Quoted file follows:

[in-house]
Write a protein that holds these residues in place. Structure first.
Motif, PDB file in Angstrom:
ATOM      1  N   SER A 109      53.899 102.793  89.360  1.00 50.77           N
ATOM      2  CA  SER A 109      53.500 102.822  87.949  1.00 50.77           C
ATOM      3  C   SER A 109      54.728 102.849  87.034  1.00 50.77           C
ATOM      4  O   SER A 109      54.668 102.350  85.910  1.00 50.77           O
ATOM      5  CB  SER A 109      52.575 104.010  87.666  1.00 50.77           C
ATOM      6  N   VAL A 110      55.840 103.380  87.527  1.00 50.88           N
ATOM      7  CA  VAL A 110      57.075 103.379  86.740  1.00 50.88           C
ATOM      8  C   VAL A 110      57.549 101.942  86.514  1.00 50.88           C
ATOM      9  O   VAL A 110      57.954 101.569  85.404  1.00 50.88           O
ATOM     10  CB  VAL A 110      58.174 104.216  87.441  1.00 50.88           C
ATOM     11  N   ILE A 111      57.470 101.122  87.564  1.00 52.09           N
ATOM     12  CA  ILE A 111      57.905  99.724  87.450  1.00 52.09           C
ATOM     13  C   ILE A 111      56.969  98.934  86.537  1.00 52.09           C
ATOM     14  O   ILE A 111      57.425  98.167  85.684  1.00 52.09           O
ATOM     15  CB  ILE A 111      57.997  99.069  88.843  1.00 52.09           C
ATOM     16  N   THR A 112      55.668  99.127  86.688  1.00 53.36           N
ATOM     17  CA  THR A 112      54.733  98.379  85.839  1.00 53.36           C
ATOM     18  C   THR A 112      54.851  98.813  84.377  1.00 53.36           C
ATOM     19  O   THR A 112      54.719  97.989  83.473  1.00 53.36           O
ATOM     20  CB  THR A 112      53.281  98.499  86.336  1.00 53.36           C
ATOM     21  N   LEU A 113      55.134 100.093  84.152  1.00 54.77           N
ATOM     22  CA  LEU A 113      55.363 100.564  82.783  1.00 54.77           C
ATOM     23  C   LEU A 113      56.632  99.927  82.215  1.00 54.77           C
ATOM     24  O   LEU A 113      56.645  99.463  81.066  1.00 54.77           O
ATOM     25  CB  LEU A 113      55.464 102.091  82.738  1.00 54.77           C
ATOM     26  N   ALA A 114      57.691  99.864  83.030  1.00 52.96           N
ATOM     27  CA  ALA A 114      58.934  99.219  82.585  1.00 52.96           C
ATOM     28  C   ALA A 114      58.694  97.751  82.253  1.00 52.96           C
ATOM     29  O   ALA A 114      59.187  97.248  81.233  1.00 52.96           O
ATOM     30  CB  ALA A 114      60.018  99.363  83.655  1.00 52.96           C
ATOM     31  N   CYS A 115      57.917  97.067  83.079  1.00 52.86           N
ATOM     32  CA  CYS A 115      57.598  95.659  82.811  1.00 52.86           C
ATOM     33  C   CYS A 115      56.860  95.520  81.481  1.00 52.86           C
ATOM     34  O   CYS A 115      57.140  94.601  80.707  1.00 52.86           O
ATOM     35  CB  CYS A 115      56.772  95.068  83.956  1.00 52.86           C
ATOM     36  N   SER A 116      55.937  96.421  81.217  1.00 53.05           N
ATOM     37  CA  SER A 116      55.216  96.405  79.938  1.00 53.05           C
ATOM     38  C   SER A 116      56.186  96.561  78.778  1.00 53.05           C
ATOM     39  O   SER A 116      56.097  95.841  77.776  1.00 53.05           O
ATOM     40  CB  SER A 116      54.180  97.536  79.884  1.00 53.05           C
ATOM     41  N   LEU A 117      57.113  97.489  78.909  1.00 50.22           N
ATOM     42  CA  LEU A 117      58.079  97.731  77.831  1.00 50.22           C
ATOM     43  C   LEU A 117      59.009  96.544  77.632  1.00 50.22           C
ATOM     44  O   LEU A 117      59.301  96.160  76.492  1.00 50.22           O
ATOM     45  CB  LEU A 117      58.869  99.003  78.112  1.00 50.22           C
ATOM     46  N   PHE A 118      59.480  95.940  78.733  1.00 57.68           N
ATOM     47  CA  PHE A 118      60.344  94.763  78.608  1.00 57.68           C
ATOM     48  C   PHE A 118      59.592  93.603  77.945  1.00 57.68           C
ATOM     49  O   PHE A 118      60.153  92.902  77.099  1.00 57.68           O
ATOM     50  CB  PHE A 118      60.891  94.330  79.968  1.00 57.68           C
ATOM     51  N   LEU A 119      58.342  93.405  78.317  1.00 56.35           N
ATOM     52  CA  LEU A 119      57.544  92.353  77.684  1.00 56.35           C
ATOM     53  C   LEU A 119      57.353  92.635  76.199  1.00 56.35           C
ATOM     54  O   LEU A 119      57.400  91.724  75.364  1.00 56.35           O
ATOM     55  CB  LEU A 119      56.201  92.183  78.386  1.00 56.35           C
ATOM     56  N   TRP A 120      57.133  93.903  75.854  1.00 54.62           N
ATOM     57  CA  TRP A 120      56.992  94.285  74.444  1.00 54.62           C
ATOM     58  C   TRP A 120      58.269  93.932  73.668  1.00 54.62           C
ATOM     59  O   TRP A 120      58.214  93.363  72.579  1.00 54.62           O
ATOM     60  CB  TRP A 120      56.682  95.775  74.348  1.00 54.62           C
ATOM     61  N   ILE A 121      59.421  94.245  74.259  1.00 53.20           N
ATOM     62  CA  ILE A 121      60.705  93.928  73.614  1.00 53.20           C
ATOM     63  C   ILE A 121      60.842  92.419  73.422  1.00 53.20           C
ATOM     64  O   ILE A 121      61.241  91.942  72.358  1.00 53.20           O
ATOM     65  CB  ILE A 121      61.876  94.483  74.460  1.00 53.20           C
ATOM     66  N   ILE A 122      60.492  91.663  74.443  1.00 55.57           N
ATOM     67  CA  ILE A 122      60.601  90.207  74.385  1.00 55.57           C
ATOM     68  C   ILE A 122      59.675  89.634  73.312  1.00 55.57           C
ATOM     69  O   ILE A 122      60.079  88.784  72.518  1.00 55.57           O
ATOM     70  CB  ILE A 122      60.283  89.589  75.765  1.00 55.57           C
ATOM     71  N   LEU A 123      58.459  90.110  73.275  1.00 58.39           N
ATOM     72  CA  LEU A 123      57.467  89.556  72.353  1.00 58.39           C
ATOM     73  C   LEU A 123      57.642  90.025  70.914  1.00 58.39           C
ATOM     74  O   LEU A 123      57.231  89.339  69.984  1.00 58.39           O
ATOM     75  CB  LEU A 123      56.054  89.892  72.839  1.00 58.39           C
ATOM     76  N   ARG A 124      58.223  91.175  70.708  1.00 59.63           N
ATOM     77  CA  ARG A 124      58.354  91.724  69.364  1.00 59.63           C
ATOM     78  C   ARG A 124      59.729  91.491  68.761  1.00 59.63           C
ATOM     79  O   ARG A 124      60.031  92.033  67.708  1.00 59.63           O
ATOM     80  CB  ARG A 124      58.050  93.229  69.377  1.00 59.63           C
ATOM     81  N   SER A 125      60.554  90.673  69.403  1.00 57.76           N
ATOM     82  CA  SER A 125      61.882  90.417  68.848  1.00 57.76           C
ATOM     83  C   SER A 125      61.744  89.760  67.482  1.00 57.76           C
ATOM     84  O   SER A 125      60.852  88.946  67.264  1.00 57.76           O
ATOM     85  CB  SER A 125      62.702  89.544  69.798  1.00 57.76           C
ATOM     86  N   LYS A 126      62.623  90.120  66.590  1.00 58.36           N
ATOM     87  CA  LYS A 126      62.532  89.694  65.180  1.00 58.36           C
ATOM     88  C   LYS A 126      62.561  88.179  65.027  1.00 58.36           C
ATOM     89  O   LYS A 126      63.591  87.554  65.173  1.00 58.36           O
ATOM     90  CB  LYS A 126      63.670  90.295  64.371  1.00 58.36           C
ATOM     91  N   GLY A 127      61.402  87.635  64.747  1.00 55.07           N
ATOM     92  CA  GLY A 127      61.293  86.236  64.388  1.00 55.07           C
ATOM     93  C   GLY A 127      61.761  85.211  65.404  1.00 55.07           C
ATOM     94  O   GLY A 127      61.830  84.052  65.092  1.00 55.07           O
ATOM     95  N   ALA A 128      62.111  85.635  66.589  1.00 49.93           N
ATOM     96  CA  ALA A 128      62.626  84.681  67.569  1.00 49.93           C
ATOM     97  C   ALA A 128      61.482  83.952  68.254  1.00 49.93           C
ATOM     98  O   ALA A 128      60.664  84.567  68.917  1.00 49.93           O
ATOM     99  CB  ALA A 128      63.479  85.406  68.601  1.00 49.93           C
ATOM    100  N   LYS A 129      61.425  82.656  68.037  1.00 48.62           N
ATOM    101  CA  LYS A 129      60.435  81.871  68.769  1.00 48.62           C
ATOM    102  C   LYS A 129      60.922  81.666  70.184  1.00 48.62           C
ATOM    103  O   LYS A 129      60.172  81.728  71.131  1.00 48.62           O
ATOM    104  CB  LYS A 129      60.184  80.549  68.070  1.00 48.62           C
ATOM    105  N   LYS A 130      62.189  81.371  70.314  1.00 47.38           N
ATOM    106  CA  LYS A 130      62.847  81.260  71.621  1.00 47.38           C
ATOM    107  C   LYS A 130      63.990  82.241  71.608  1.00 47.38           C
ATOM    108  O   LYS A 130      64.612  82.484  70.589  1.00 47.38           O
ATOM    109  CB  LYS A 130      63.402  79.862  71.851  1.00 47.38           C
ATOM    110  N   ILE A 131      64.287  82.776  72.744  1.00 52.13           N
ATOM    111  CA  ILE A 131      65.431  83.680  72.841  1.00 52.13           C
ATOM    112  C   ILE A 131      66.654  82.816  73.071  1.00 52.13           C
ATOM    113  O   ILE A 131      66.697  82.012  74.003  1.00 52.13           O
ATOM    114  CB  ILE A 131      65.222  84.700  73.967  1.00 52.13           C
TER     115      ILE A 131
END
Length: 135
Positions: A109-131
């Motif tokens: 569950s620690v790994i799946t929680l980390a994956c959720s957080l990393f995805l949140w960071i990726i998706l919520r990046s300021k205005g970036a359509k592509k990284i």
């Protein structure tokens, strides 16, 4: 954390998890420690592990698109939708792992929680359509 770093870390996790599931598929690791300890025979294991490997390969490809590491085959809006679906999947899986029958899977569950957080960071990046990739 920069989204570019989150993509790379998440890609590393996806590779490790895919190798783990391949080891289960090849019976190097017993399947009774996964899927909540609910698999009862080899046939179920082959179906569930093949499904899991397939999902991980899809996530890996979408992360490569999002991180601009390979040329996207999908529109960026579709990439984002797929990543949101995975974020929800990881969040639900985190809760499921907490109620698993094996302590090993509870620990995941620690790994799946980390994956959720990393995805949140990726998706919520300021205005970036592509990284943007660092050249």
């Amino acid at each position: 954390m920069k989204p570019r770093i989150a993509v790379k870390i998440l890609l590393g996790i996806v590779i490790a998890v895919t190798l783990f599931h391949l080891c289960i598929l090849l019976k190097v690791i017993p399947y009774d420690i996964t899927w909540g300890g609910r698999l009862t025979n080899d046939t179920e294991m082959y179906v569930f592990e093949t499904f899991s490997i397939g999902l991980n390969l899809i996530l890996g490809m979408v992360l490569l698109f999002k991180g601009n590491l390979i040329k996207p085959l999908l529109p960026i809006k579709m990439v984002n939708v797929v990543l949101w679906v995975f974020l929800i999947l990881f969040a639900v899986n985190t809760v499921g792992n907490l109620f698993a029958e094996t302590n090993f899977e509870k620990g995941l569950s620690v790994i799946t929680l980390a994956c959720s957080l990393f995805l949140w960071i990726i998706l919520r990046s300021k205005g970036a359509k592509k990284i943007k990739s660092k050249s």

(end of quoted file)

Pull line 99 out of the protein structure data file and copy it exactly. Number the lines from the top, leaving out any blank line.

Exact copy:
ATOM     96  CA  ALA A 128      62.626  84.681  67.569  1.00 49.93           C